X marks $1.1M spot for North Side theater, URA
A decade of legal battles over the Garden Theatre ended Thursday with a $1.1 million agreement between the owner of the North Side X-rated cinema and the Pittsburgh Urban Redevelopment Authority.
The settlement, announced at the URA’s monthly board meeting just an hour after it was signed, comes almost two months after the state Supreme Court ruled that the city of Pittsburgh could seize the theater by eminent domain.
The board unanimously approved the deal, and the city could be in possession of the theater along West North Avenue before the end of the month.
“This is a great day for the city of Pittsburgh,” said state Sen. Jim Ferlo, D-Highland Park, a URA board member. “It certainly elevates the overall development potential of the area.”
The dispute began in the mid-1990s, when then-Mayor Tom Murphy initiated the seizure of 47 buildings along and near Federal Street west of Allegheny General Hospital as part of a redevelopment program called “Federal North.”
But theater owner George Androtsakis refused the URA’s $214,000 buyout offer, saying the city was trying to squelch his First Amendment right to show pornographic films.
“Mr. Androtsakis would have loved to have a theater showing other kinds of film, but he couldn’t attract an audience because of the demographics of that neighborhood,” said James Sargent, the attorney who argued on Androtsakis’ behalf before the court and negotiated yesterday’s deal.
“He loved the Garden Theatre because it was a remarkable edifice, a real testament to our evolution as a culture,” Sargent said. “But, in the final analysis, he agreed to this without bitterness. It’s a business decision.”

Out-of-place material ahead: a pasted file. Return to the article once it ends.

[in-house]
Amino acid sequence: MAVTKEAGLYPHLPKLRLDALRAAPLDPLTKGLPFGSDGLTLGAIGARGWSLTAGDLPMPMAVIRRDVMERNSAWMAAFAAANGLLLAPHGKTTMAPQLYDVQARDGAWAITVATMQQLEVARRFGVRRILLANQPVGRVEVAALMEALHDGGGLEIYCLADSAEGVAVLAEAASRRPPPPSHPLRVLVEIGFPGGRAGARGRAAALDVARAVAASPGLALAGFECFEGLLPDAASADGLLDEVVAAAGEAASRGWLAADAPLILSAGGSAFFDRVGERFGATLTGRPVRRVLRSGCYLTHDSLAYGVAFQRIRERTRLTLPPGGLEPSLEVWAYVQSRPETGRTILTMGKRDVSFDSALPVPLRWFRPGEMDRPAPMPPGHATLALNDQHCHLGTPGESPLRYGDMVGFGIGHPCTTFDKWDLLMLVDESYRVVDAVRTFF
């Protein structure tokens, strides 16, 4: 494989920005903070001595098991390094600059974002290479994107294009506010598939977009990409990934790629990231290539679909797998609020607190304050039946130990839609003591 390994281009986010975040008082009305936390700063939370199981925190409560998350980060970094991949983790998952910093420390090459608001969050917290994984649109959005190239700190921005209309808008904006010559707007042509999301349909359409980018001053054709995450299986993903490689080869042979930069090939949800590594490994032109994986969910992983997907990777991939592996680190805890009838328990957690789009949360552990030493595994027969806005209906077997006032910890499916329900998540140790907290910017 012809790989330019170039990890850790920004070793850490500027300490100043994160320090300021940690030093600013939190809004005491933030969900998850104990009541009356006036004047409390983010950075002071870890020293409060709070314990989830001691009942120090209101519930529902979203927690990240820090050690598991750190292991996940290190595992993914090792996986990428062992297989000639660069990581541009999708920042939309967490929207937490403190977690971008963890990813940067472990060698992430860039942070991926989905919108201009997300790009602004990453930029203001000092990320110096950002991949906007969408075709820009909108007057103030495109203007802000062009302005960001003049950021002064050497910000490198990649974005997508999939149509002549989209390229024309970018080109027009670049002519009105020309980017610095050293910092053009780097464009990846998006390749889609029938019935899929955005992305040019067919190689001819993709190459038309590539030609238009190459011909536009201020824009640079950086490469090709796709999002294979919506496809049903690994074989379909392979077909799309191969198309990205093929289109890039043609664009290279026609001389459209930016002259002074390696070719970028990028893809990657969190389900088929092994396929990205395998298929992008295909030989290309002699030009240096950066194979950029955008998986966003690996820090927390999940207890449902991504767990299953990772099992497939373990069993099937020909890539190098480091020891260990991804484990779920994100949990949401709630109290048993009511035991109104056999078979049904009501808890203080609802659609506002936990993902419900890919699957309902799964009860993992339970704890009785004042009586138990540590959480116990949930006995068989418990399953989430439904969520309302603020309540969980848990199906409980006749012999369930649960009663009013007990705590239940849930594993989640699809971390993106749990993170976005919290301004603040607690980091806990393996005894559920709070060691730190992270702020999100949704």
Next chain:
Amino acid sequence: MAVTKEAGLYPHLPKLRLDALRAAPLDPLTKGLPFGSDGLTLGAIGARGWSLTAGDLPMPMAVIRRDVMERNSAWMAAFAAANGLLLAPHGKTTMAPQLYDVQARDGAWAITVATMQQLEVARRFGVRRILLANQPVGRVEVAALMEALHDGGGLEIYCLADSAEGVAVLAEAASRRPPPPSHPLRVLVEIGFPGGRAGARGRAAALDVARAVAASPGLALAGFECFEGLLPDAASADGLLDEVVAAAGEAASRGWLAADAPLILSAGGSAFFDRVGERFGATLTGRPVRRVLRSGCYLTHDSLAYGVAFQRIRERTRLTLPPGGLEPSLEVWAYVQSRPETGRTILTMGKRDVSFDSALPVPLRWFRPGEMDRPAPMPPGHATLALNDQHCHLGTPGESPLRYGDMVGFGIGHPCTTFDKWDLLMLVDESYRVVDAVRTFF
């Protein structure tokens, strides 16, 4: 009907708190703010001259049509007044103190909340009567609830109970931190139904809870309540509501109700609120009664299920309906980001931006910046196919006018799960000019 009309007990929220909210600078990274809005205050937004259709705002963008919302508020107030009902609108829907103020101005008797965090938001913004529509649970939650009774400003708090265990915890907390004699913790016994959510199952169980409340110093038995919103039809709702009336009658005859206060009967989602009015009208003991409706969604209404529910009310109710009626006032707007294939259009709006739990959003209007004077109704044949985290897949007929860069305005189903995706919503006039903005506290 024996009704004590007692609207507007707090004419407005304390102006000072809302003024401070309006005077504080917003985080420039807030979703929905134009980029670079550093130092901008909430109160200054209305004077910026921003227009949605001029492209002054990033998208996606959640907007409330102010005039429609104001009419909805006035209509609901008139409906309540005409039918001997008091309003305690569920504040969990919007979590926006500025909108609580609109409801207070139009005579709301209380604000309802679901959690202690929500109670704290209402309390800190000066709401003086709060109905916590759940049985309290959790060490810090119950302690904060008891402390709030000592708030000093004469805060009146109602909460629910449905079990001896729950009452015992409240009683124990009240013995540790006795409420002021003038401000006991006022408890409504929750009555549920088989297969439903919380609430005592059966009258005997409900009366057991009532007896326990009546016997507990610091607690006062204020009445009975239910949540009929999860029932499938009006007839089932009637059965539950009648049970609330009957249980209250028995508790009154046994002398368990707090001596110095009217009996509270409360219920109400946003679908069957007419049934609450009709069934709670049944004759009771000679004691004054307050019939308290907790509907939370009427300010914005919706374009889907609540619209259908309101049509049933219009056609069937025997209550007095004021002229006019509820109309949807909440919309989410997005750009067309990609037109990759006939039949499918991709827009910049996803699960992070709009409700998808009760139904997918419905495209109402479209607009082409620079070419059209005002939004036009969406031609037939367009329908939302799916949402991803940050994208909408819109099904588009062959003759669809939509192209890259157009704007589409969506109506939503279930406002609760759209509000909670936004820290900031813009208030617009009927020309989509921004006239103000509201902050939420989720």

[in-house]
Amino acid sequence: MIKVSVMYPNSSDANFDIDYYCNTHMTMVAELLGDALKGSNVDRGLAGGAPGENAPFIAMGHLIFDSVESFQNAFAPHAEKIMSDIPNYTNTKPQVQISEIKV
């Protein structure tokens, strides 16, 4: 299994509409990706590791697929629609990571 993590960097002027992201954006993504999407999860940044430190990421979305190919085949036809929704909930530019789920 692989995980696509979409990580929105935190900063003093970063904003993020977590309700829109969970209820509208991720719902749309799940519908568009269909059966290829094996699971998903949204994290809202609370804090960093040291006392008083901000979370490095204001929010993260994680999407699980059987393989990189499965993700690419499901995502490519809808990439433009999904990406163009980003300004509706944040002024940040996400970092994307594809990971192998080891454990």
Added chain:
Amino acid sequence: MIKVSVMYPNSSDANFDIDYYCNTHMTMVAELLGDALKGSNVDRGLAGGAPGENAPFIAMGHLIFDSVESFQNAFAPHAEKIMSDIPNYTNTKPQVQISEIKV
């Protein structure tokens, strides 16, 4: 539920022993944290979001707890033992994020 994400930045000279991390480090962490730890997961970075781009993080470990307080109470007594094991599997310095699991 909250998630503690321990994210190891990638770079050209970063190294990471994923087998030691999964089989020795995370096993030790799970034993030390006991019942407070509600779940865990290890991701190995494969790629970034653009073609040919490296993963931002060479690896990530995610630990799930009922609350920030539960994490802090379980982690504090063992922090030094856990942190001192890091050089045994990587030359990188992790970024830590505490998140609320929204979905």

URA general counsel Don Kortlandt said he first reached out to Androtsakis soon after the Supreme Court’s ruling, but negotiations broke down in mid-January. Androtsakis reconsidered about a week later, and negotiations resumed in earnest 10 days ago, Kortlandt said.
While Androtsakis initially was asking for far more than double the price finally agreed upon, Kortlandt said, “We got to a number that we both could stand, high enough for them, low enough for us.”
Last month, the URA sent out requests for proposals for redevelopment of 10 parcels surrounding the theater, but URA officials said many expressed skepticism as long as the theater continued to show pornography. The requests now will be amended to include the 92-year-old movie house, which began showing adult films in 1972.
Bonnie Pfister can be reached at firstname.lastname@example.org or 412-320-7886.
This article appeared in the Pittsburgh Tribune Review.